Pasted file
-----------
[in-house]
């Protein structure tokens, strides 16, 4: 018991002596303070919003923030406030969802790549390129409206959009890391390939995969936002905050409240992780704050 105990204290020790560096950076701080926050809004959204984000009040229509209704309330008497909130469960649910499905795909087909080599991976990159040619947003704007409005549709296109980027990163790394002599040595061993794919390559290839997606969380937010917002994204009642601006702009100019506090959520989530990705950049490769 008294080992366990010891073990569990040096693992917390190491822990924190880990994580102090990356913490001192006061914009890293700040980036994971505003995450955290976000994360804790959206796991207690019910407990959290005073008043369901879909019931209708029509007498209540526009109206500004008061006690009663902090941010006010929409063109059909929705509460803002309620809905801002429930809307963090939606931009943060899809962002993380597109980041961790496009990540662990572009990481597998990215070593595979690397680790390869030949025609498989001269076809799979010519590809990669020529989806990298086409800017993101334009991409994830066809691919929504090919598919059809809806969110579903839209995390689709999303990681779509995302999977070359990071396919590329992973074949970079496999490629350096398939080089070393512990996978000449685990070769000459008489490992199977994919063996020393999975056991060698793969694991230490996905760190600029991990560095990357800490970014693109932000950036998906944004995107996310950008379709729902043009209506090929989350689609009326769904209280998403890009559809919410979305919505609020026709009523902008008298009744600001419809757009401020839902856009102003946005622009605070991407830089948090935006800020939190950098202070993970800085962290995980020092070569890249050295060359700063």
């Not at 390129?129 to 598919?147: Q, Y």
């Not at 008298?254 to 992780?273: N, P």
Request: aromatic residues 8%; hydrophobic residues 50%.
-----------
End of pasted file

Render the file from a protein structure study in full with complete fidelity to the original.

[in-house]
């Protein structure tokens, strides 16, 4: 018991002596303070919003923030406030969802790549390129409206959009890391390939995969936002905050409240992780704050 105990204290020790560096950076701080926050809004959204984000009040229509209704309330008497909130469960649910499905795909087909080599991976990159040619947003704007409005549709296109980027990163790394002599040595061993794919390559290839997606969380937010917002994204009642601006702009100019506090959520989530990705950049490769 008294080992366990010891073990569990040096693992917390190491822990924190880990994580102090990356913490001192006061914009890293700040980036994971505003995450955290976000994360804790959206796991207690019910407990959290005073008043369901879909019931209708029509007498209540526009109206500004008061006690009663902090941010006010929409063109059909929705509460803002309620809905801002429930809307963090939606931009943060899809962002993380597109980041961790496009990540662990572009990481597998990215070593595979690397680790390869030949025609498989001269076809799979010519590809990669020529989806990298086409800017993101334009991409994830066809691919929504090919598919059809809806969110579903839209995390689709999303990681779509995302999977070359990071396919590329992973074949970079496999490629350096398939080089070393512990996978000449685990070769000459008489490992199977994919063996020393999975056991060698793969694991230490996905760190600029991990560095990357800490970014693109932000950036998906944004995107996310950008379709729902043009209506090929989350689609009326769904209280998403890009559809919410979305919505609020026709009523902008008298009744600001419809757009401020839902856009102003946005622009605070991407830089948090935006800020939190950098202070993970800085962290995980020092070569890249050295060359700063």
């Not at 390129?129 to 598919?147: Q, Y």
């Not at 008298?254 to 992780?273: N, P």
Request: aromatic residues 8%; hydrophobic residues 50%.